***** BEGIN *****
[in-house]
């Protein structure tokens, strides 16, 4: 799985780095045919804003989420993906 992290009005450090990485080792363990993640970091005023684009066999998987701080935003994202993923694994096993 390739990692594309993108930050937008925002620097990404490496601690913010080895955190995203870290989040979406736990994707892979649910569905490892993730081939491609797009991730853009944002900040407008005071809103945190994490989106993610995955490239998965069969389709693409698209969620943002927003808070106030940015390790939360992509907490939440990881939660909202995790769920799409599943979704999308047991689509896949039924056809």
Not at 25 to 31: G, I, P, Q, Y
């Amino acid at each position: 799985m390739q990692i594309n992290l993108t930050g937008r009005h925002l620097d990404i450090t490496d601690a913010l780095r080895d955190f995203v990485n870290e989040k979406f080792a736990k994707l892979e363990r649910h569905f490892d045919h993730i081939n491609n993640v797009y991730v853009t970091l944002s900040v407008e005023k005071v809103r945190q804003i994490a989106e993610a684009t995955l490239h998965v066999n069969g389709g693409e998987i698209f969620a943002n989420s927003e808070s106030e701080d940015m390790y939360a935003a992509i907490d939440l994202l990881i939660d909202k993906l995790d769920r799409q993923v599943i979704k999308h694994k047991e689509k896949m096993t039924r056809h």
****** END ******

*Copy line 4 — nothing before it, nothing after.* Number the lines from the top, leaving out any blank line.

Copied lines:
């Amino acid at each position: 799985m390739q990692i594309n992290l993108t930050g937008r009005h925002l620097d990404i450090t490496d601690a913010l780095r080895d955190f995203v990485n870290e989040k979406f080792a736990k994707l892979e363990r649910h569905f490892d045919h993730i081939n491609n993640v797009y991730v853009t970091l944002s900040v407008e005023k005071v809103r945190q804003i994490a989106e993610a684009t995955l490239h998965v066999n069969g389709g693409e998987i698209f969620a943002n989420s927003e808070s106030e701080d940015m390790y939360a935003a992509i907490d939440l994202l990881i939660d909202k993906l995790d769920r799409q993923v599943i979704k999308h694994k047991e689509k896949m096993t039924r056809h």